Bedside manners matter

TN News

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Deputy Minister of Health Nguyen Thi Kim Tien last week reported that, every year, Vietnamese citizens spend up to US$1 billion on treatment at hospitals in Singapore.

Tien noted that while foreign medical expertise is not significantly better than Vietnam's, they have a definite edge over us as far as marketing and bedside manners go.

I once had a chance to visit a hospital in Singapore and found that treatment was very expensive. Still, rich Vietnamese are willing to pay millions or even billions of dong there, whether they are suffering from serious or minor medical problems.

For example, while circumcision, a minor surgery, can be conducted in Vietnam at very low cost, some people book a flight to Singapore to have it done there at relatively prohibitive costs.

A Singaporean health consultant told me that besides life-threatening diseases like cancer, some Vietnamese people fly to the city-state to get treatment even when they happen to slip and sustain a slight injury.

It is obvious that besides good quality treatment of illnesses, patients feel far more comfortable and satisfied if they stay in a spacious room where doctors and nurses frequently ask about their condition with a caring and warm attitude, or even smile every time they see you.

It is also clear that such simple things as smiles and caring gestures are very rare in Vietnamese hospitals. These simple things are sometimes so luxurious that money can't buy them here.


Vietnamese spend over $1 bln a year at overseas hospitals

A high-income patient who recently received treatment for his broken leg at the Viet Duc Hospital in Hanoi said he was willing to pay more to get a proper room, but ended up staying in a room with more than 20 other patients. It was impossible to ask doctors specific questions about his condition, he said.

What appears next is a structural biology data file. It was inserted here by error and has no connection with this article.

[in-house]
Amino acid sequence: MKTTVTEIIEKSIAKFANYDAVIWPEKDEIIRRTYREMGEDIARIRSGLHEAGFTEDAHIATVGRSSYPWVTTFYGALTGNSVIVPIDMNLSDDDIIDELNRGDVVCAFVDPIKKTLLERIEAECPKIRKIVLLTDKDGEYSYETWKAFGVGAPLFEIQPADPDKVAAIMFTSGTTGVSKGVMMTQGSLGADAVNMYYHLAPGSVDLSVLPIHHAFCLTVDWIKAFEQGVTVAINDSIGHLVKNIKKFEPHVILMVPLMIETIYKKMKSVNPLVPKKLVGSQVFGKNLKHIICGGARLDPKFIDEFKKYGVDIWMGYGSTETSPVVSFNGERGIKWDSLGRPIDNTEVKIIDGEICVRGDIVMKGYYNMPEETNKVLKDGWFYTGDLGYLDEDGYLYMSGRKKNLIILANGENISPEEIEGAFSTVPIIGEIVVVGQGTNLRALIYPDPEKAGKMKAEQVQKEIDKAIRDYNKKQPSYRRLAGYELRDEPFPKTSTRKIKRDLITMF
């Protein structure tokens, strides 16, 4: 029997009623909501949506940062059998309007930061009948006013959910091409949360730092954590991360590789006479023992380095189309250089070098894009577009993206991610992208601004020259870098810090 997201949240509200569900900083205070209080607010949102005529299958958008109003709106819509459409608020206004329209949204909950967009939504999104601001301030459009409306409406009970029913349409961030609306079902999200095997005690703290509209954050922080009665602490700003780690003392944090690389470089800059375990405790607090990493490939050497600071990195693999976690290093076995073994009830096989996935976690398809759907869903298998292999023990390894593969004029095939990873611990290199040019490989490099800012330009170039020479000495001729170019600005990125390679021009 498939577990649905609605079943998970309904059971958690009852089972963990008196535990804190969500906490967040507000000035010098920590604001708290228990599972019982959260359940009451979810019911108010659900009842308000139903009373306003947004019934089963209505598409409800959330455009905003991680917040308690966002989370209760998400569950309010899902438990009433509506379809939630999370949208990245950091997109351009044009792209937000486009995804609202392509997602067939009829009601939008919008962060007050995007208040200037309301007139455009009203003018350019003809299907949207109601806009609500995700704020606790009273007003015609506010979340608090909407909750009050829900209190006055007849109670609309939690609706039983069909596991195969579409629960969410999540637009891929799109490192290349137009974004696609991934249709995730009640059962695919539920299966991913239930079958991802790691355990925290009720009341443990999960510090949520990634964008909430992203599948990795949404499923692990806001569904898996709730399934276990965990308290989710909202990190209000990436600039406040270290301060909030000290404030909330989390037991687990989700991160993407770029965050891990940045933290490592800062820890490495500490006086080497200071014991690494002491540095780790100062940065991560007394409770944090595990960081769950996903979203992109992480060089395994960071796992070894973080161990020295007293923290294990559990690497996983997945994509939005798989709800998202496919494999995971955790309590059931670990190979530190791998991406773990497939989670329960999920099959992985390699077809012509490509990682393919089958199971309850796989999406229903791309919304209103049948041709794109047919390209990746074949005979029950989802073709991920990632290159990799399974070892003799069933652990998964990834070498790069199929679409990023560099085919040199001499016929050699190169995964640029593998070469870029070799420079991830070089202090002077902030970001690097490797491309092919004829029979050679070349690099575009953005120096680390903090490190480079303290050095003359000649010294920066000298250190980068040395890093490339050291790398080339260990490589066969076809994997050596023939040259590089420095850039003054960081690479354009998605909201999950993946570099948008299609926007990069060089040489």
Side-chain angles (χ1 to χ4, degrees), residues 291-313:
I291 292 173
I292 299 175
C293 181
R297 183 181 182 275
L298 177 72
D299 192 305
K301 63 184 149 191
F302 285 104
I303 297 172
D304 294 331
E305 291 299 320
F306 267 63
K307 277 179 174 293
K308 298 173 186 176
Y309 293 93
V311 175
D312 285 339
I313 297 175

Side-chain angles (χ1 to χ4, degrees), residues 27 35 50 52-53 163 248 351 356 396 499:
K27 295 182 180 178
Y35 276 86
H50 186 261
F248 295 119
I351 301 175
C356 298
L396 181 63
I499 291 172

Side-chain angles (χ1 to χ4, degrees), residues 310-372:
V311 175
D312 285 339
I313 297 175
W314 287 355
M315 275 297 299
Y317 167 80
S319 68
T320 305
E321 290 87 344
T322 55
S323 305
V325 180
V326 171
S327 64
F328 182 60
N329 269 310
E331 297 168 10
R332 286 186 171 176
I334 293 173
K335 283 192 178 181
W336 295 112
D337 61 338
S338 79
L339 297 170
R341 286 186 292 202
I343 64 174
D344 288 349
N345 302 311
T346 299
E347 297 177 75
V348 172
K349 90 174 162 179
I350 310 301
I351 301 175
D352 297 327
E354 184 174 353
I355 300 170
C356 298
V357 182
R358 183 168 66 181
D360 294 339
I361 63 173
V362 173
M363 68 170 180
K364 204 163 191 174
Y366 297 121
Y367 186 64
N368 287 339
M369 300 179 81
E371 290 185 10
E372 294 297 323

Some people blame the apparent lack of bedside manners on the fact that there are just too many patients. "How can doctors and nurses give you a smile when they examine some 100 patients and operate on a couple every day?" they ask.

There's that, but I think the Vietnamese take on the doctor-patient relationship is an important factor.

A recent survey conducted by the Hanoi Medical University showed that most doctors consider themselves people who treat patients instead of "service providers."

Because they think they are the givers and patients are the receivers, or the beneficiaries, they see no point in giving patients anything else besides treatment.

Take, for instance, the latest health scandal in which a 17-year-old girl died from brain trauma sustained at a hospital in the southern province of Ca Mau last month.

According to Duong Thi Thu Huyen's family, she was in a coma when she was brought to the Nam Can Town's hospital early morning on June 28, but a doctor who was on duty was barely interested in examining her. He kept telling her relatives that she was okay.

Her grandmother said she even went down on her knees and begged the doctor to save Huyen, or to transfer her to a provincial hospital. But the doctor insisted that Huyen was okay and even implied that she was just pretending. He ignored the distraught old woman and returned to his office to catch up on his sleep.

The girl died a few hours later from brain injuries.

Because the doctor believes he is doing the patient a favor, his sleep has priority over the latter's needs.

The simple truth is this: While Vietnam does not lag too far behind in terms of medical technology knowledge and expertise, the healthcare staff here, most of the time, seem to lack the elementary courtesies that show patients that doctors and nurses care for you.

A minor shortcoming? We could say that. Yet it is one that is making Vietnam hemorrhage $1 billion every year.

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